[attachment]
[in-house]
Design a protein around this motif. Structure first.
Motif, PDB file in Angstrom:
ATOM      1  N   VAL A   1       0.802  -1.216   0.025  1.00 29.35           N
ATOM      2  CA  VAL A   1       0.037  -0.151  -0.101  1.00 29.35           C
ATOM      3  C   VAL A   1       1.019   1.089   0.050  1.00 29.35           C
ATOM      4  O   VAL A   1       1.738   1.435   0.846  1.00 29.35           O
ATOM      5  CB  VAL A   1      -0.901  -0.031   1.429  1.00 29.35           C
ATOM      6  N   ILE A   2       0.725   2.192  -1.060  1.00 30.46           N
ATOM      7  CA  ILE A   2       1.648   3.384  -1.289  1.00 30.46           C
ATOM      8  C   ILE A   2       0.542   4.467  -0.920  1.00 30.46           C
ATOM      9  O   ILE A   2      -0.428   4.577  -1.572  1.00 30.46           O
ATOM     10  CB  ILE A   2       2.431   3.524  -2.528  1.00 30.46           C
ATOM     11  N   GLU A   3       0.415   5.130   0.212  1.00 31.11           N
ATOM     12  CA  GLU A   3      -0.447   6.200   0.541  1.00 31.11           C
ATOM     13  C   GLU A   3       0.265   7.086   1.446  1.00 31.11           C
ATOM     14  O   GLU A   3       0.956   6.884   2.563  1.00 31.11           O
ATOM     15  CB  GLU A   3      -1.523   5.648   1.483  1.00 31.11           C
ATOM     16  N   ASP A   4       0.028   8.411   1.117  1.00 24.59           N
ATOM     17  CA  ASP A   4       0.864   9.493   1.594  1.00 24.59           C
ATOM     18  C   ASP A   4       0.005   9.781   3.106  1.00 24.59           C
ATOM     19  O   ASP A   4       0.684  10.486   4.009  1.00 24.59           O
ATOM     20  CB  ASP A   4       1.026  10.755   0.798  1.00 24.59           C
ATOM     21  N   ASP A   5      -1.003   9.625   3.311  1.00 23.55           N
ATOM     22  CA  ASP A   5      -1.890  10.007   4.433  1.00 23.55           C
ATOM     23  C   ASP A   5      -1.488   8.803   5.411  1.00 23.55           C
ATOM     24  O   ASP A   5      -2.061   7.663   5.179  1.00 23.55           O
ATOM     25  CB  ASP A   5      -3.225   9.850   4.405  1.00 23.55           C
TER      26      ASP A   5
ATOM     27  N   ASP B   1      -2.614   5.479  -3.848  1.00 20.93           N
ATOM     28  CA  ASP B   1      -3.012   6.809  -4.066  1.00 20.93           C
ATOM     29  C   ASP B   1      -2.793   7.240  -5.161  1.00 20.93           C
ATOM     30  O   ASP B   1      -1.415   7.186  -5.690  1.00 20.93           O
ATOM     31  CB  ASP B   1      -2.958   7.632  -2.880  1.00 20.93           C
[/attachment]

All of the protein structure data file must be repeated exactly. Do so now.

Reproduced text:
[in-house]
Design a protein around this motif. Structure first.
Motif, PDB file in Angstrom:
ATOM      1  N   VAL A   1       0.802  -1.216   0.025  1.00 29.35           N
ATOM      2  CA  VAL A   1       0.037  -0.151  -0.101  1.00 29.35           C
ATOM      3  C   VAL A   1       1.019   1.089   0.050  1.00 29.35           C
ATOM      4  O   VAL A   1       1.738   1.435   0.846  1.00 29.35           O
ATOM      5  CB  VAL A   1      -0.901  -0.031   1.429  1.00 29.35           C
ATOM      6  N   ILE A   2       0.725   2.192  -1.060  1.00 30.46           N
ATOM      7  CA  ILE A   2       1.648   3.384  -1.289  1.00 30.46           C
ATOM      8  C   ILE A   2       0.542   4.467  -0.920  1.00 30.46           C
ATOM      9  O   ILE A   2      -0.428   4.577  -1.572  1.00 30.46           O
ATOM     10  CB  ILE A   2       2.431   3.524  -2.528  1.00 30.46           C
ATOM     11  N   GLU A   3       0.415   5.130   0.212  1.00 31.11           N
ATOM     12  CA  GLU A   3      -0.447   6.200   0.541  1.00 31.11           C
ATOM     13  C   GLU A   3       0.265   7.086   1.446  1.00 31.11           C
ATOM     14  O   GLU A   3       0.956   6.884   2.563  1.00 31.11           O
ATOM     15  CB  GLU A   3      -1.523   5.648   1.483  1.00 31.11           C
ATOM     16  N   ASP A   4       0.028   8.411   1.117  1.00 24.59           N
ATOM     17  CA  ASP A   4       0.864   9.493   1.594  1.00 24.59           C
ATOM     18  C   ASP A   4       0.005   9.781   3.106  1.00 24.59           C
ATOM     19  O   ASP A   4       0.684  10.486   4.009  1.00 24.59           O
ATOM     20  CB  ASP A   4       1.026  10.755   0.798  1.00 24.59           C
ATOM     21  N   ASP A   5      -1.003   9.625   3.311  1.00 23.55           N
ATOM     22  CA  ASP A   5      -1.890  10.007   4.433  1.00 23.55           C
ATOM     23  C   ASP A   5      -1.488   8.803   5.411  1.00 23.55           C
ATOM     24  O   ASP A   5      -2.061   7.663   5.179  1.00 23.55           O
ATOM     25  CB  ASP A   5      -3.225   9.850   4.405  1.00 23.55           C
TER      26      ASP A   5
ATOM     27  N   ASP B   1      -2.614   5.479  -3.848  1.00 20.93           N
ATOM     28  CA  ASP B   1      -3.012   6.809  -4.066  1.00 20.93           C
ATOM     29  C   ASP B   1      -2.793   7.240  -5.161  1.00 20.93           C
ATOM     30  O   ASP B   1      -1.415   7.186  -5.690  1.00 20.93           O
ATOM     31  CB  ASP B   1      -2.958   7.632  -2.880  1.00 20.93           C